Ex-Bundesbank Chief Says Greece Will Never Repay Debt, Says Bailout All About "Rescuing Banks And Rich Greeks"
Finally someone speaks the truth. In an interview with Spiegel Magazine, former Bundesbank chief Karl Otto Pohl, says it how it is: "Without a "haircut," a partial debt waiver, [Greece] cannot and will not ever [repay its debt]. So why not immediately? That would have been one alternative.
The European Union should have declared half a year ago -- or even
earlier -- that Greek debt needed restructuring." As for the reason for the bailout, Pohl's observation will not be a surprise to our readers "It was about protecting German banks, but especially the French banks, from debt write offs." Is there any hope for Europe now? It appears no, as the right decision was to let Greece go bankrupt: "Investors would quickly have seen that Greece could get a handle on its
debt problems. And for that reason, trust would quickly have been
restored. But that moment has passed. Now we have this mess." Amusingly, when asked if banks used "speculators" as a straw man to break all EU Rules and especially the Lisbon treaty:"Of course that's possible. In fact, it's even plausible." We can't wait until the German population realizes just how massively it has been scammed. Last week's Nordrhein-Westphalia Merkel loss will seem like a walk in the park once the mobilized German society decides to fix things on its own. Oh, and look for the EU and the euro to be a thing of the past.
Key items from the Spiegel interview:
SPIEGEL: The German government has said that there was no
alternative to the rescue package for Greece, nor to that for other
Pöhl: I don't believe that. Of course there were alternatives.
For instance, never having allowed Greece to become part of the euro
zone in the first place.
SPIEGEL: That may be true. But that was a mistake made years ago.
Pöhl: All the same, it was a mistake. That much is completely
clear. I would also have expected the (European) Commission and the ECB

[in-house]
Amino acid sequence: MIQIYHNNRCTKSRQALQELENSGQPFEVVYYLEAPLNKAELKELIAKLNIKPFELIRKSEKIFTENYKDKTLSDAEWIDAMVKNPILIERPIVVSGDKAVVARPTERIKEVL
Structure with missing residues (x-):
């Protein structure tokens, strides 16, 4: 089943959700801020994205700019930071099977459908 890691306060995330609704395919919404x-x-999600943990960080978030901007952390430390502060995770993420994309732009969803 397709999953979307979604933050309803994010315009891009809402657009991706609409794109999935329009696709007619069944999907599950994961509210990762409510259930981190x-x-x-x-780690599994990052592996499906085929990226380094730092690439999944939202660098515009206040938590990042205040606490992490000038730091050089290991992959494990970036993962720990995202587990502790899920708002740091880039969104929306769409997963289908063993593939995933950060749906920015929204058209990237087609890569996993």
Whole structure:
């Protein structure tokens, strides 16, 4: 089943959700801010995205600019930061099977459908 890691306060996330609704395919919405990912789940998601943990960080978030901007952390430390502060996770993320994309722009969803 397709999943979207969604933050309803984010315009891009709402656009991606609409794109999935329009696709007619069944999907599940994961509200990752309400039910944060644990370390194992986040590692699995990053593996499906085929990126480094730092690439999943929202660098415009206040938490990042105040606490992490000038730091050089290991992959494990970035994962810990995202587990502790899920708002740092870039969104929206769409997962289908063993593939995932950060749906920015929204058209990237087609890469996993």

to intervene far earlier. They must have realized that a small, indeed
a tiny, country like Greece, one with no industrial base, would never
be in a position to pay back €300 billion worth of debt.
SPIEGEL: According to the rescue plan, it's actually €350 billion ...
Pöhl: ... which that country has even less chance of paying
back. Without a "haircut," a partial debt waiver, it cannot and will
not ever happen. So why not immediately? That would have been one
alternative. The European Union should have declared half a year ago --
or even earlier -- that Greek debt needed restructuring.
SPIEGEL: But according to Chancellor Angela Merkel, that would
have led to a domino effect, with repercussions for other European
states facing debt crises of their own.
Pöhl: I do not believe that. I think it was about something altogether different.
SPIEGEL: Such as?
Pöhl: It was about protecting German banks, but especially the
French banks, from debt write offs. On the day that the rescue package
was agreed on, shares of French banks rose by up to 24 percent. Looking
at that, you can see what this was really about -- namely, rescuing the
banks and the rich Greeks.
SPIEGEL: In the current crisis situation, and with all the
turbulence in the markets, has there really been any opportunity to
share the costs of the rescue plan with creditors?